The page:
Holiday music show bubbles with joy and cheer

12/16/2012 12:27 PM

05/16/2014 8:34 PM

Fitting a holiday music show, joy was prevalent inside the sold-out Midland theater Saturday night.

The second night of the three-night “The Buzz Stole XXMas” featured five bands and more than 5½ hours of music. On a weekend when it was most needed, what was rendered was the kind of primal bliss that only music can deliver.

The headliner was Grouplove, a five-piece based in Los Angeles and one in a growing population of bands with several things in common: fruity melodies, gang vocals (three or four people singing together), heavy percussion, handclaps and simple, catchy choruses, all sprinkled with lots of la-la-las and ooh-ooh-oohs — components that elicit a child-like response from audiences primed for it. The one-hour set was like some communal food fight, pillow fight and bubble bath. A group hug, you could say.

Grouplove is 2 years old and has only one full-length album to draw from, the ebullient and self-referentially titled “Never Trust a Happy Song.” They opened with its lead track, the manic “Itchin’ On a Photograph,” a giddy detonation of melody, rhythm, percussion and harmonies. When the opener feels like the finale, you know you’re in for a free-wheeling ride. So it went, song after song: “Naked Kids,” “Tongue Tied,” “Colours,” “Chloe” and the sweet, frenetic “Spun,” a high-speed, sing-song whirlwind of guitars, drums, mandolin and vocal embroidery. The band itself generates lots of energy. Hannah Hooper, vocalist and keyboardist, bounces and spins like a teenager who just kissed her first crush.

Grouplove followed a set by Of Monsters and Men that was nearly as jovial. The five-piece band from Iceland also indulges in a high-octane mix of folk, pop and rock arranged with guitars, keyboards, drums, accordion, brass. Anthems like the trumpet-fed “Little Talks” got the crowd involved — fists pumps and a hearty “hey!” in unison, at the right time. So did “Dirty Paws,” “Skeletons” (a Yeah Yeah Yeahs cover) and “Mountain Time,” which ignited a tide of hand-clapping and singing-along. At times, resistance was futile, even to the cynical and seen-it-alls.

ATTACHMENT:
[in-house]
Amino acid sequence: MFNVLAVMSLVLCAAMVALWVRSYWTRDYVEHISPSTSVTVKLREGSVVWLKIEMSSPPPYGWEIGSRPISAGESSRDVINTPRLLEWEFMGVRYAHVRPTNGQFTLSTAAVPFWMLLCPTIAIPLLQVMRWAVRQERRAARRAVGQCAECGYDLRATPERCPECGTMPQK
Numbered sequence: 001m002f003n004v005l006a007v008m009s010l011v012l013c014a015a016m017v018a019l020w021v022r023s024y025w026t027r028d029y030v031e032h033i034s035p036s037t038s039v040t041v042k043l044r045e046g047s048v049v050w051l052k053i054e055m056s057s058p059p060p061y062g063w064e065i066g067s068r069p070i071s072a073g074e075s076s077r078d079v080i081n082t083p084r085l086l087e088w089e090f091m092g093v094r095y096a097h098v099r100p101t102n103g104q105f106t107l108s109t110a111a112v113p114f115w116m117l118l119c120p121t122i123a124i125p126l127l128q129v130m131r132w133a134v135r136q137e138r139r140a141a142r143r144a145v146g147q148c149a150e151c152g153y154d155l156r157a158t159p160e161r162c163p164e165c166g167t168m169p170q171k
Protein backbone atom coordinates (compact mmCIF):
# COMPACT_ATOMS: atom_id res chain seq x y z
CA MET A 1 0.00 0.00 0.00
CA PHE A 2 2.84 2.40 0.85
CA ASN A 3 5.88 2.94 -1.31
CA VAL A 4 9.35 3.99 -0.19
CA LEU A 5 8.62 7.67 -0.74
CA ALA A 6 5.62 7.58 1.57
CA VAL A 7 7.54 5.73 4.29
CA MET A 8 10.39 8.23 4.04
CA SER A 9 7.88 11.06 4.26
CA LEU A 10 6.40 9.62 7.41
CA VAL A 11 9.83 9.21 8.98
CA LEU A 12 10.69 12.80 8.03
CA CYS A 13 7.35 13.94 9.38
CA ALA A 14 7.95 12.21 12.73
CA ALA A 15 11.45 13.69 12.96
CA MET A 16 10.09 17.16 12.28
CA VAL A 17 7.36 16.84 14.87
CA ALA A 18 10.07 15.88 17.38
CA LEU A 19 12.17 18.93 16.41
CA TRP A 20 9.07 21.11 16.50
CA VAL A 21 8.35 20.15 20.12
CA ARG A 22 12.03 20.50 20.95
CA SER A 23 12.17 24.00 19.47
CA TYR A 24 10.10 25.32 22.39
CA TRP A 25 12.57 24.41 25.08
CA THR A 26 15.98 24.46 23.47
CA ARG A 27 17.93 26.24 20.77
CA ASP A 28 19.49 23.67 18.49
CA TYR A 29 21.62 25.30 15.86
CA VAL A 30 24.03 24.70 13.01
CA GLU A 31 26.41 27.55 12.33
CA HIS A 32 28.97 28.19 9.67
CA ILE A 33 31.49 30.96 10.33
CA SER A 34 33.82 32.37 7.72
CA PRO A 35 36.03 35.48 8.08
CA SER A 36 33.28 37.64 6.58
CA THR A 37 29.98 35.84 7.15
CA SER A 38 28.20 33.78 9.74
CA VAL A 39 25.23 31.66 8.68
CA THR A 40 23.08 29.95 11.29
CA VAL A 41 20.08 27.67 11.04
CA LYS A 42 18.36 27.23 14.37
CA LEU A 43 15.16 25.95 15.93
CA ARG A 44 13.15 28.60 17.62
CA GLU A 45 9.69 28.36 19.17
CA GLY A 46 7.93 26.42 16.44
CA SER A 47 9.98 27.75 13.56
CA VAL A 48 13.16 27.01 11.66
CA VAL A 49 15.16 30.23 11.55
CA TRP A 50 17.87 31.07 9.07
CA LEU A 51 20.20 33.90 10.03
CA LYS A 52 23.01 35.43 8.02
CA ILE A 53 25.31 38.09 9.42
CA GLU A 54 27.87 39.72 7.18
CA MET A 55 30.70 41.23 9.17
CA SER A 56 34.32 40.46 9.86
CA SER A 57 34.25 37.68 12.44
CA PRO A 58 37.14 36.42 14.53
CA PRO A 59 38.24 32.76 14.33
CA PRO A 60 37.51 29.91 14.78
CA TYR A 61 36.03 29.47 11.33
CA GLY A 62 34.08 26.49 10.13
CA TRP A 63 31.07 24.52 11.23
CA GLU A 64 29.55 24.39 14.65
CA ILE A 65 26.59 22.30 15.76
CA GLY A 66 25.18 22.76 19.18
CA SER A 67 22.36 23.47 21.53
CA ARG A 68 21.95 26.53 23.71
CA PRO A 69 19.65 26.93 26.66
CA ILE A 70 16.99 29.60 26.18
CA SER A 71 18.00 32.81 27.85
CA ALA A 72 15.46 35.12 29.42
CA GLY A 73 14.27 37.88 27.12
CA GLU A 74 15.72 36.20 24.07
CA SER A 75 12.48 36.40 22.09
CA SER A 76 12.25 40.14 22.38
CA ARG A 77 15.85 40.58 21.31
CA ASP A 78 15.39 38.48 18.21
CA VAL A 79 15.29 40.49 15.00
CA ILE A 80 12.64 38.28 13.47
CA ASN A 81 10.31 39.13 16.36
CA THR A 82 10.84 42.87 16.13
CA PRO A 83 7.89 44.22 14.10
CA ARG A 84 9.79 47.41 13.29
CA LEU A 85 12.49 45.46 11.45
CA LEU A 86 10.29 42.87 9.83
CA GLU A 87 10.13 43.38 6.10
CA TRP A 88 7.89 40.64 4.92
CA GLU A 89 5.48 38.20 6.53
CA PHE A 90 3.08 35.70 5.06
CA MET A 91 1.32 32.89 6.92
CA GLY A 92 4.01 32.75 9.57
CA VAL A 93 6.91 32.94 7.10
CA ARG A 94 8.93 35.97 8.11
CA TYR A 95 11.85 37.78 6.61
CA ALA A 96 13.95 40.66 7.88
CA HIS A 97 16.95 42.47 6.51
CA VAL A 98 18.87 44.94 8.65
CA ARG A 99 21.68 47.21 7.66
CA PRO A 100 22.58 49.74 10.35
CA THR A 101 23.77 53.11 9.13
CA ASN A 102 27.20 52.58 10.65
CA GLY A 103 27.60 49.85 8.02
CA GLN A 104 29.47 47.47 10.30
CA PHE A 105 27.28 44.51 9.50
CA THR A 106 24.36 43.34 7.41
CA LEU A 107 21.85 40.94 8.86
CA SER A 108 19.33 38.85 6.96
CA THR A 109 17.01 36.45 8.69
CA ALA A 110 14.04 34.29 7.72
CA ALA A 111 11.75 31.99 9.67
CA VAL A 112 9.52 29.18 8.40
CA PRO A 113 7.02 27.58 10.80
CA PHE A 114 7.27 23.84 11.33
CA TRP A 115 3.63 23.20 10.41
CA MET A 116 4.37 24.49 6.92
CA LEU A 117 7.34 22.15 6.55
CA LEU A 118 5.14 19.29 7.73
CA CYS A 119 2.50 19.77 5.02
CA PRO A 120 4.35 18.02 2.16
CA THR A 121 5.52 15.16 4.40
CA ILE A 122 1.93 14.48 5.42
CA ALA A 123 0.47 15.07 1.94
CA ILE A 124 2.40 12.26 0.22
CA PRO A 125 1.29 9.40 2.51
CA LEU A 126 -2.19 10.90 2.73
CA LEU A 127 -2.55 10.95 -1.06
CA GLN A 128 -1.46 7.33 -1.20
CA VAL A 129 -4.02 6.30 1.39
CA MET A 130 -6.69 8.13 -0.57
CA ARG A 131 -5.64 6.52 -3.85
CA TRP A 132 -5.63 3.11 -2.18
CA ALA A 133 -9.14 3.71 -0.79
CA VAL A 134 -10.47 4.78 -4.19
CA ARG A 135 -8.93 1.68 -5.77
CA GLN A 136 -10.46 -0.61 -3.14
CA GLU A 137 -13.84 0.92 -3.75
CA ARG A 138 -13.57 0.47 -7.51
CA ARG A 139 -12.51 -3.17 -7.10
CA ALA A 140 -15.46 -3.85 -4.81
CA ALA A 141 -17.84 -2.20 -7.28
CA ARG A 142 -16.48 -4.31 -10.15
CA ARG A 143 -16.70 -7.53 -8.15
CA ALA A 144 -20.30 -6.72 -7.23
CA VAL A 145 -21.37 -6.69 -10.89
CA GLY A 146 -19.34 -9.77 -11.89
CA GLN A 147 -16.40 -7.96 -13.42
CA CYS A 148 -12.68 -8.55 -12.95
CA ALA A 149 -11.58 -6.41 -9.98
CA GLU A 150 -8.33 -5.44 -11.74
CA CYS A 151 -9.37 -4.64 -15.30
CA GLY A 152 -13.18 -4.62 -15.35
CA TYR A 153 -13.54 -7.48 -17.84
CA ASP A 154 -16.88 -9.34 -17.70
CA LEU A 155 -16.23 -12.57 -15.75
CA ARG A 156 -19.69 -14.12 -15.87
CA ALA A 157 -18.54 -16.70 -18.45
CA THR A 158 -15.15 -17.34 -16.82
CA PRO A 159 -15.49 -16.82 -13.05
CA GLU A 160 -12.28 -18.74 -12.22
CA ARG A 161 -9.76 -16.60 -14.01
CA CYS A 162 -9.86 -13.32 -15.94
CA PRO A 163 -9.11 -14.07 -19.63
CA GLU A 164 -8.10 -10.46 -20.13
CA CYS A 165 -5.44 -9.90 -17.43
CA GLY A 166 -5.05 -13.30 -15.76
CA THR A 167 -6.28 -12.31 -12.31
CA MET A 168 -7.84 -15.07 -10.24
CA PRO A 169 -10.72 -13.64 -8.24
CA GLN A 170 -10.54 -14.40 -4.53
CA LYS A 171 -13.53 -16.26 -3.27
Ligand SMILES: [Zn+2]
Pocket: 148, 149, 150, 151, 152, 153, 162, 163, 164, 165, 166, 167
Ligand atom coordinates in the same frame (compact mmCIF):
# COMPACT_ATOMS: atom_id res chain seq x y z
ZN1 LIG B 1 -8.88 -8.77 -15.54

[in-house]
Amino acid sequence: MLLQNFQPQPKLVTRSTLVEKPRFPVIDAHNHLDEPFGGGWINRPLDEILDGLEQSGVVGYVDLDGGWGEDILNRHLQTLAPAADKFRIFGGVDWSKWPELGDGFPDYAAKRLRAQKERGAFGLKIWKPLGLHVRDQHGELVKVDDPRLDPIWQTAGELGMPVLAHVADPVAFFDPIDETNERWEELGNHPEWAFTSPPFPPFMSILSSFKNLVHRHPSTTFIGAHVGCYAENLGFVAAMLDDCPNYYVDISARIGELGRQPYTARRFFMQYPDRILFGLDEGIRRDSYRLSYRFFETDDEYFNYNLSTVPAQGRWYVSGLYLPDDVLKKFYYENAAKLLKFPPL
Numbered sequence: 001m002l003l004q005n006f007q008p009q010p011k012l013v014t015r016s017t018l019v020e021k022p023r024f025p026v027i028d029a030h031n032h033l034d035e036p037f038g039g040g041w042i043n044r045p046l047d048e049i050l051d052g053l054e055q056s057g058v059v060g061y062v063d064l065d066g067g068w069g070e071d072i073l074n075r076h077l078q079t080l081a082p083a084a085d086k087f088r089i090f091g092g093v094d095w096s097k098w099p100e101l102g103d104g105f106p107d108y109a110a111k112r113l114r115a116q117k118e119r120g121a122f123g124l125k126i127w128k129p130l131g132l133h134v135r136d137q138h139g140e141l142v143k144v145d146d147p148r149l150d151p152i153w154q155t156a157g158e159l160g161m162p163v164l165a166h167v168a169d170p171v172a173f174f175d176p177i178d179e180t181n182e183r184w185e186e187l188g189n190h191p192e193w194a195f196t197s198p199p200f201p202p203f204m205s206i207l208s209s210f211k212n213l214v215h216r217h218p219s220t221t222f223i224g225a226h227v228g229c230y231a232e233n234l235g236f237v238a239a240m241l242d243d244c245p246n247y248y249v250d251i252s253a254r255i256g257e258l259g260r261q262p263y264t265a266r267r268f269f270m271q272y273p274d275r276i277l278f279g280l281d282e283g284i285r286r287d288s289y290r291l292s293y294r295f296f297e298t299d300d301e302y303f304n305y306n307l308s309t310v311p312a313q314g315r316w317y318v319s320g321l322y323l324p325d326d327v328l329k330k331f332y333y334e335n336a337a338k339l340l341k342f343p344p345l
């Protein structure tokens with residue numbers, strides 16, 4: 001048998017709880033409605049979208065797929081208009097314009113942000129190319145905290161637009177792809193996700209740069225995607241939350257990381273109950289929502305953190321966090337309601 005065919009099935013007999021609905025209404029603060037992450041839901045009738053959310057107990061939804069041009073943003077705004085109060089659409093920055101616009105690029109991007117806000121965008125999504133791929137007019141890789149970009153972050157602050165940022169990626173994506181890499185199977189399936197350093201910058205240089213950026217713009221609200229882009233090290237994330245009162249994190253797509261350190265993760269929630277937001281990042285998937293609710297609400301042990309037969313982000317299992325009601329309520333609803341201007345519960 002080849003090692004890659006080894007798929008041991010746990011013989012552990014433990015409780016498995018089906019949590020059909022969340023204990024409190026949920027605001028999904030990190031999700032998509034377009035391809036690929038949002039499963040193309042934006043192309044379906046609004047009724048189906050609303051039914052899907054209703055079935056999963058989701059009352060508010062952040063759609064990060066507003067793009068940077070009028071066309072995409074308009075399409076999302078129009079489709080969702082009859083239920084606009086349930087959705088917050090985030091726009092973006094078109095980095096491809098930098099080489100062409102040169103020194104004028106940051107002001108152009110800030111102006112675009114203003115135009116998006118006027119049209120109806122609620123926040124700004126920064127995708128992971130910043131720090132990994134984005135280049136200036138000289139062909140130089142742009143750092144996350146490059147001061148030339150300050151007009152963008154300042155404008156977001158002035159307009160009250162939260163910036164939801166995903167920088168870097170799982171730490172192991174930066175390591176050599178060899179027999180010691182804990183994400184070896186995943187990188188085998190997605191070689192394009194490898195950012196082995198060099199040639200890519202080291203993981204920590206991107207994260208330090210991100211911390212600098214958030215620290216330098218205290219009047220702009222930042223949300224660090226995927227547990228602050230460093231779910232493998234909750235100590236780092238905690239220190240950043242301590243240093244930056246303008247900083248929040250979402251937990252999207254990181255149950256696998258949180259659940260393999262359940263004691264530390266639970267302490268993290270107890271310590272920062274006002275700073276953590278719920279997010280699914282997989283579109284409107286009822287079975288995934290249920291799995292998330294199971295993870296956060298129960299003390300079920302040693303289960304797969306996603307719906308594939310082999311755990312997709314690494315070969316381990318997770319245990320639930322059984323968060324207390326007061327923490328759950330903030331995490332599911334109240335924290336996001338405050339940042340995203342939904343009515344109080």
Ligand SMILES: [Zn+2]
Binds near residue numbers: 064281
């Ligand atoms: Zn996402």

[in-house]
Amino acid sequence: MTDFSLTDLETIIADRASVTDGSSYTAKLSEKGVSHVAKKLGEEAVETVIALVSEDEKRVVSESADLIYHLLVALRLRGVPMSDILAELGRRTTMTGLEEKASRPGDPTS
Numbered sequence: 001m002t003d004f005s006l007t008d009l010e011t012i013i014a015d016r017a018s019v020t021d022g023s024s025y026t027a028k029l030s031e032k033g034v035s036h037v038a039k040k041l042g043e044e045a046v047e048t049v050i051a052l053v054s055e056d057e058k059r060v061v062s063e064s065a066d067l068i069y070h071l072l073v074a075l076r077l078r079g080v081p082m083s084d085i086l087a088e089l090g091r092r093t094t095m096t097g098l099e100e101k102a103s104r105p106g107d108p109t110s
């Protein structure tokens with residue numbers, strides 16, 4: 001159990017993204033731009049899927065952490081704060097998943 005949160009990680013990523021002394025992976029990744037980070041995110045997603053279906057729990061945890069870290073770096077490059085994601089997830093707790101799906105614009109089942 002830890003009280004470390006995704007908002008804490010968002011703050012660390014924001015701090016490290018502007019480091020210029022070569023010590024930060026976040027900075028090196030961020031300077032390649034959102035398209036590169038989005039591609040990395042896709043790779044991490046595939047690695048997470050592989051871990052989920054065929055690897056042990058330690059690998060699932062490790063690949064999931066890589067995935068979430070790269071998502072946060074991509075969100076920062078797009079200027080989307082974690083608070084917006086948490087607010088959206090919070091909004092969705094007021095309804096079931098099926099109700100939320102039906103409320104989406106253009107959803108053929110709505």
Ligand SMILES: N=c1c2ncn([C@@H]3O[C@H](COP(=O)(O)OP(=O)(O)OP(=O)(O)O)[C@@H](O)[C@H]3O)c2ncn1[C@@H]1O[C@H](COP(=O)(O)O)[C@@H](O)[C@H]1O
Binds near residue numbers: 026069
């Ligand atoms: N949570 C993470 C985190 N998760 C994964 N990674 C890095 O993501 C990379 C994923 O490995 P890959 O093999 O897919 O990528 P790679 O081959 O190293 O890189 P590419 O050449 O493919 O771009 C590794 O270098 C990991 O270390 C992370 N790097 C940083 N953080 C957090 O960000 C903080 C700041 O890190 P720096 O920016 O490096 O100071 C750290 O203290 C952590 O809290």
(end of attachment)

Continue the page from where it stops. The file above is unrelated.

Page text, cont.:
That set followed a dynamic performance by Joy Formidable, a Welch trio led by Ritzy Bryan, a guitar-wielding dervish of a lead singer of a band many of the nearly 3,000 in attendance wanted to see most. Looks can be deceiving. She may be small but her stage presence is mighty. During “Whirring” she hopped into the crowd and let the fans in front have their way with her guitar, which unleashed a storm of virulent noise. Joy Formidable traffics in a sound that is heavier, more soaring, spacey and textured, yet it is shimmery and melodic and elicits similar moods. Its set included “I Don’t Wanna See You Like This,” “Cradle” and a new one called “Cholla.” The joy they produced wasn’t necessarily formidable, but it was inherent and, at times, irresistible.

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